Units U27. High Performance Computing and U8. Micro – Nano Technology Unit:

Inspiration and Expiration Dynamics in Acute Emotional Stress Assessment. Javier Milagro, Eduardo Gil, Jorge M. Garzón-Rey, Jordi Aguiló, Raquel Bailón.

U5. Rapid Prototyping Unit:

Poly-DL-lactic acid films functionalized with collagen IV as carrier substrata for corneal epithelial stem cells. Ana de la Mata, Miguel Ángel Mateos-Timoneda, Teresa Nieto-Miguel, Sara Galindo, Marina López-Paniagua, Xavier Puñet, Elisabeth Engel, Margarita Calonge.

U6. Biomaterial Processing and Nanostructuring Unit:

Strategy for engineering myoglobin nano-traps for biomedical sensing technology. E. Laukhina, O. V. Sinitsyna, N. K. Davydova, V. N. Sergeev, A. Gomez, I. Ratera, C. Blázquez Bondia, J. Paradowska, X. Rodriguez, J. Guasch, Jaume Veciana.

Structure and nanomechanics of quatsome membranes. B. Gumí-Audenis, L. PasquinaLemonche, J.A. Durán, N. Grimaldi, F. Sanz, J. Veciana, I. Ratera, N. Ventosa and M.I. Giannotti

U7. Nanotechnology Unit:

Bioreceptors nanostructuration study for early detection of Alzheimer. José Marrugo, Dr. Samuel Dulay, Dr. Mònica Mir, Prof. Josep Samitier.

RGD dendrimer-based nanopatterns promote chondrogenesis and intercellular communication for cartilage regeneration. Ignasi Casanellas, Anna Lagunas, Iro Tsintzou, Yolanda Vida, Daniel Collado, Ezequiel Pérez-Inestrosa, Cristina Rodríguez, Joana Magalhães, José A. Andrades, José Becerra, Josep Samitier.

Long-range electron transfer between redox partner proteins. Anna Lagunas, Alejandra GuerraCastellano, Alba Nin-Hill, Irene Díaz-Moreno, Miguel A. De la Rosa, Josep Samitier, Carme Rovira, Pau Gorostiza.

U8. Micro – Nano Technology Unit:

Miniaturized multi-sensing platform for pH and Dissolved Oxygen monitoring in Organ-On-aChip systems. M. Zea, A. Moya, I. Gimenez, R. Villa, G. Gabriel.

Electrochemical characterization of SWCNTs based microelectrodes fabricated by inkjet printing. M. Mass, A. Moya, G. Longinotti, M. Zea, M. Muñoz, E. Ramon, L. Fraigi, R. Villa, G. Ybarra, G. Gabriel.

U9. Synthesis of Nanoparticles Unit:

In vivo imaging and local persistance of polymeric micro- and nanomaterials labelled with the near infrared dye IR820. Isabel Ortiz de Solórzano, Gracia Mendoza, Inmaculada Pintre, Sara García-Salinas, Víctor Sebastián, Vanesa Andreu, Marina Gimeno, Manuel Arruebo.

U10. Drug Formulation:

Cationic nioplexes-in-polysaccharide-based hydrogels as versatile biodegradable hybrid materials to deliver nucleic acids. Santiago Grijalvo, Adele Alagia, Gustavo Puras, Jon Zárate, Judith Mayr, José Luis Pedraz, Ramon Eritja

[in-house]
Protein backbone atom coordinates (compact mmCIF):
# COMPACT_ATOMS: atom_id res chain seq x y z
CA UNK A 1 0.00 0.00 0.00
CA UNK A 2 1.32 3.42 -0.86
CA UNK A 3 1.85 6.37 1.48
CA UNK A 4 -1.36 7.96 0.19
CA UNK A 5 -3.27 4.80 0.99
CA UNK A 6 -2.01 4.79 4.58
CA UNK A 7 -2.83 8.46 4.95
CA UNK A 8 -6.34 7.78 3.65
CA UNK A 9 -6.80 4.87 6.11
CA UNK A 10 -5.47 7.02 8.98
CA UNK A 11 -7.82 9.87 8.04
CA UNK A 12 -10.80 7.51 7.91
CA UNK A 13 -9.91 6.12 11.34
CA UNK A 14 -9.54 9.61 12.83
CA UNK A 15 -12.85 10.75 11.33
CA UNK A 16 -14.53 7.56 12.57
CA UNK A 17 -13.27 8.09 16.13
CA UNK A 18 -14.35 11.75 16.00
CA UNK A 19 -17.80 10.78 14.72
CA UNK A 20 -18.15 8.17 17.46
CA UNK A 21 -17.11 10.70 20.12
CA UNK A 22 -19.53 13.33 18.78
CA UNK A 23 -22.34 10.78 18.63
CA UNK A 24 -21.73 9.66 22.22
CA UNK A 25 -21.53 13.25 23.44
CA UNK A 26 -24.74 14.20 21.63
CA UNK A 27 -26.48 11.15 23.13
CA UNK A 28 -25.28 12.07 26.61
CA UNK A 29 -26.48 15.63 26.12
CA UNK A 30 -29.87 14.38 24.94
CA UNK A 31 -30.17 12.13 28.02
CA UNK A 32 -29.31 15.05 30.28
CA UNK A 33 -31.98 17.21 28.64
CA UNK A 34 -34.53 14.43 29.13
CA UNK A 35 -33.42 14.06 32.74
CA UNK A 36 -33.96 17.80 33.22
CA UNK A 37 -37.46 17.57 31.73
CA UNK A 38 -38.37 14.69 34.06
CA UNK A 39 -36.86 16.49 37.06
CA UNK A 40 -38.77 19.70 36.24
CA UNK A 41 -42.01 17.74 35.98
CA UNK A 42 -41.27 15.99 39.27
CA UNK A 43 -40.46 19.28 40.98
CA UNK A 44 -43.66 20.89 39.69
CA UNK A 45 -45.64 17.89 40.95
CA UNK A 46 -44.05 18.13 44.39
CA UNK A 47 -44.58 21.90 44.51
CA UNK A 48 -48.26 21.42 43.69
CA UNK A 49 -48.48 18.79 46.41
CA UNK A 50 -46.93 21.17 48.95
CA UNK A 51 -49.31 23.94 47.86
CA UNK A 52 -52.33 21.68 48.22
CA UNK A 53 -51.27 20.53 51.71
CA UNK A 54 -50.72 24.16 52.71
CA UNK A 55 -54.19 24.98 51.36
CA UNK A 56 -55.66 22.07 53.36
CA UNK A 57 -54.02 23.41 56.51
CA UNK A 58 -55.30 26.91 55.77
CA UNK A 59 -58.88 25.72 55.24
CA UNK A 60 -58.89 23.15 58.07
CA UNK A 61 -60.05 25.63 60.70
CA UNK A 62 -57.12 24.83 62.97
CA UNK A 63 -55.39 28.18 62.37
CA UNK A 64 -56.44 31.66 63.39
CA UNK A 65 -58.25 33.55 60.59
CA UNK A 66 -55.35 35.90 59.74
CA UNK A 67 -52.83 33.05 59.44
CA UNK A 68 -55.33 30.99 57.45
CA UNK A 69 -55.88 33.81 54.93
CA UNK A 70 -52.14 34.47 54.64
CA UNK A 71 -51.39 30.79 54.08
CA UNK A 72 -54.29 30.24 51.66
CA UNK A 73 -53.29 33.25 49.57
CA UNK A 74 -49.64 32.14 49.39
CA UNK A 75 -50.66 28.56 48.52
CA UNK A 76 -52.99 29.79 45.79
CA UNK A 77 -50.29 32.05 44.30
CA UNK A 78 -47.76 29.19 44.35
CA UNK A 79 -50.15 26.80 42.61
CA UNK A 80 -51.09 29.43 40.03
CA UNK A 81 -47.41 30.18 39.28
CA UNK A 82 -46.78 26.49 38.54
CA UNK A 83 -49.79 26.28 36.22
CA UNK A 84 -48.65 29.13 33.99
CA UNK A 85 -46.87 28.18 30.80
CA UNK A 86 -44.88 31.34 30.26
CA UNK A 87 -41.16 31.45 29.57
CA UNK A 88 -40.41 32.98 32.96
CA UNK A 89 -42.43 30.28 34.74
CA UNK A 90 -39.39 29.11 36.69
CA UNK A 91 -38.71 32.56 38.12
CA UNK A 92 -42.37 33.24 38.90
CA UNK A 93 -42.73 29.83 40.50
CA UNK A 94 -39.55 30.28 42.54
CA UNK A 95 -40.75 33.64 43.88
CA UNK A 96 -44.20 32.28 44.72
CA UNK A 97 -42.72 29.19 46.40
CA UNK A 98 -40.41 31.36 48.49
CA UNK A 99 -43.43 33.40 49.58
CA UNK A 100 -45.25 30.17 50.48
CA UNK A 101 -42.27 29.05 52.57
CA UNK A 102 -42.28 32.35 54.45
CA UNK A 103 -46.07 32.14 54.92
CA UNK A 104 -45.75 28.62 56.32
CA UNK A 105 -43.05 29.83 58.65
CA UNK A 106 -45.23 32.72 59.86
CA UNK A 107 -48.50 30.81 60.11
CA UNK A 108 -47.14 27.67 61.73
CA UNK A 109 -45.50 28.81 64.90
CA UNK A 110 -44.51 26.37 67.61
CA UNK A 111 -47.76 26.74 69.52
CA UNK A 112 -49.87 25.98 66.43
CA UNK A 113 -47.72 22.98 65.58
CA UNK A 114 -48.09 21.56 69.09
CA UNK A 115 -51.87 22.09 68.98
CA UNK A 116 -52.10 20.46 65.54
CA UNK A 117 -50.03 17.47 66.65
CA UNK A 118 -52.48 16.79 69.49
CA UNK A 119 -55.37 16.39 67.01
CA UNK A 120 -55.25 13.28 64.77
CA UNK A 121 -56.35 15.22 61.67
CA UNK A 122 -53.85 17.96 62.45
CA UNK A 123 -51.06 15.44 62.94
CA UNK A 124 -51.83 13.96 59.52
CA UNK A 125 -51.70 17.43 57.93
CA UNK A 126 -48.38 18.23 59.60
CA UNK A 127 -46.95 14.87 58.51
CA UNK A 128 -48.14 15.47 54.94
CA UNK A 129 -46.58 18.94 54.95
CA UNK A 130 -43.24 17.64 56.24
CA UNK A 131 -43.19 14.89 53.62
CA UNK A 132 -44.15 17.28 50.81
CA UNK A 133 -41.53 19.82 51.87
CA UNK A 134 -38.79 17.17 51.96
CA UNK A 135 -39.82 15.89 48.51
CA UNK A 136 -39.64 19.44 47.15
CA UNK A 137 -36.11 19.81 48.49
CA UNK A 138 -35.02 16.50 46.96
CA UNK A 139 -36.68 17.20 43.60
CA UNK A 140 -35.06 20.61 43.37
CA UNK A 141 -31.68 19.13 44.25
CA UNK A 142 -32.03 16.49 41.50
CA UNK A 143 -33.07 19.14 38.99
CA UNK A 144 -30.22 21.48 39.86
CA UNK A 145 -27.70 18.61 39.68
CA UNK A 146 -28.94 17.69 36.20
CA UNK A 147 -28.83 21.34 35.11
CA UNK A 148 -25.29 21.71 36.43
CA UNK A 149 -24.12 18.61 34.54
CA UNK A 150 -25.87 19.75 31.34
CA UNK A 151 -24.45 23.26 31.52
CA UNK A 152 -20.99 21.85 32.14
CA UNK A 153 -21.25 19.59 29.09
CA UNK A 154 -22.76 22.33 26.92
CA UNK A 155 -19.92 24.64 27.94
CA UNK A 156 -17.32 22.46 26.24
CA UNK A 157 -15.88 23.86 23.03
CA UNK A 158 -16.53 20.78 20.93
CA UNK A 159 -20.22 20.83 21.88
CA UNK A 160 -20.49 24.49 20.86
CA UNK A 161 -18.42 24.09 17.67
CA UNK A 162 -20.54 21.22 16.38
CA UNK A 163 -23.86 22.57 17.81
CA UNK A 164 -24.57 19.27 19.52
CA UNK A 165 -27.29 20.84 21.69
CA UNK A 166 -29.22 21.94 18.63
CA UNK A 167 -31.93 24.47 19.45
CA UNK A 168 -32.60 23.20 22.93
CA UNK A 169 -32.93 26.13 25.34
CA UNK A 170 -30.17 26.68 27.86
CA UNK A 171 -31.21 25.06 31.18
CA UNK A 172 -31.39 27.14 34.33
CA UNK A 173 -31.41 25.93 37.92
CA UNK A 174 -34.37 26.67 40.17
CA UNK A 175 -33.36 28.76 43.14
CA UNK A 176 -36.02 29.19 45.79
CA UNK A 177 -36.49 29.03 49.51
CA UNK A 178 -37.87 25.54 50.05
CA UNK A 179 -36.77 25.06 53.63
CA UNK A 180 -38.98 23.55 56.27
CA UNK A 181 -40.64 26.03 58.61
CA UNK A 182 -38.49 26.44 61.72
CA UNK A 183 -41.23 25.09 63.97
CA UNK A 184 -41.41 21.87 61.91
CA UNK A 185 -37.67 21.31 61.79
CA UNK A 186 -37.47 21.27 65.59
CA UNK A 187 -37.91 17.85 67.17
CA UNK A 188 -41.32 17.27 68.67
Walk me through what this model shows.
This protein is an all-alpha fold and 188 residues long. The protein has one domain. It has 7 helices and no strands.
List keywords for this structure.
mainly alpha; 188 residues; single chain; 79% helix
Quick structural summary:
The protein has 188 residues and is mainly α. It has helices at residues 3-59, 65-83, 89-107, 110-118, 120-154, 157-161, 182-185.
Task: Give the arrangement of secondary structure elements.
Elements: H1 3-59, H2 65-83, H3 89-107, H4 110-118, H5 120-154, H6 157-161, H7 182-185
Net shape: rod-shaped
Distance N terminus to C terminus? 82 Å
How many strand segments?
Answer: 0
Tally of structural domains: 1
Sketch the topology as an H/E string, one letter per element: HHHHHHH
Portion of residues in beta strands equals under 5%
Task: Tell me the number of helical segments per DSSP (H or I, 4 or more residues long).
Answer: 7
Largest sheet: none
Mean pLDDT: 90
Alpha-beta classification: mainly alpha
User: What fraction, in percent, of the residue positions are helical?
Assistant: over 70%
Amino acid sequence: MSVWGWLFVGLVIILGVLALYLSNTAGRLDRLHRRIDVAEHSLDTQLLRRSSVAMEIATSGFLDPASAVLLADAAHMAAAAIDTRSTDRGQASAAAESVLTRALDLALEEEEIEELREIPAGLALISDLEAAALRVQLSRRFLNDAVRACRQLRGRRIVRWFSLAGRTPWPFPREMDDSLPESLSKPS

U12. Nanostructured liquid characterization unit:

Perfluorocarbon-loaded Nanocapsules from Nano-emulsion Templates as Microbubble Precursors for Biomedical Applications. G. Calderó, A. González, M. Monge, C. Rodríguez-Abreu, M.J.García-Celma, C. Solans.

Biodistribution study of polymeric drug-loaded nanoparticles in murine model. Marta Monge, Aurora Dols, Stephane Fourcade, Aurora Pujol, Carlos Rodríguez-Abreu, Conxita Solans.

U16. Surface Characterization and Calorimetry Unit:

Behavior and a comparative study between tantalum and titanium alloy implant surfaces against bacterial adhesion. M.A. Pacha-Olivenza, M.L. González-Martín.

Bacterial adhesion on calcium ion-modified titanium implant surfaces. M.A. Pacha Olivenza, R. Tejero, M. Delgado-Rastrollo, M.L. González-Martín.

Bioactive coatings to promote tissue regeneration and ingrowth into 3D custom-made porous titanium endoimplants (COATREG-3D). Santos-Ruiz L; Granados JF; Ruiz F; Yáñez JI; González A; Cabeza N; Vida Y; Pérez-Inestrosa E; Izquierdo-Barba I; Vallet-Regí M; Rubio J; Orgaz F; Rubio N; González ML; Peris JL; Monopoli D; Becerra J.

U17. Confocal Microscopy Service:

Subcutaneous implantation of a biodegradable apatite/agarose scaffold: biocompatibility and osteogenesis characterization in a rat model. Natalio García-Honduvilla, Gemma Pascual, Miguel A. Ortega, Alejandro Coca, Cynthia Trejo, Jesús Román, Juan Peña, María V. Cabañas, Julia Buján, and María Vallet-Regí.

U25. NMR: Biomedical Applications I:

Dual T1/T2 NCP-based novel contrast agents for brain tumor MRI: a preclinical study. Suarez, S; Arias-Ramos, N; Candiota, AP; Lorenzo, J; Ruiz-Molina, D; Arús, C; Novio, F.

Metronomic treatment in immunocompetent preclinical GL261 glioblastoma: effects of cyclophosphamide and temozolomide. Ferrer-Font, L; Arias-Ramos, N; Lope-Piedrafita, S; Julià- Sapé, M; Pumarola, M; Arús, C; Candiota, AP.

U26. NMR: Biomedical Applications II:

Gated nanodevices for innovative medical therapies. Maria Alfonso, Irene Galiana, Beatriz Lozano, Borja Diaz de Greñu, Cristina de la Torre, Andrea Bernardos, Sameh El Sayed, Daniel MuñozEspin, Miguel Rovira, José Ramón Murguía, Manuel Serrano, Ramón Martínez-Máñez.

NANOPROBE: Gated sensing materials and devices for the detection of infectious diseases and urological cancer. Ángela Ribes, Luís Pla, Sara Santiago-Felipe, Alba Loras-Monfort, M.Carmen Martínez-Bisbal, Elena Aznar, Guillermo Quintás-Soriano, José Luis Ruiz-Cerdá, María Angeles.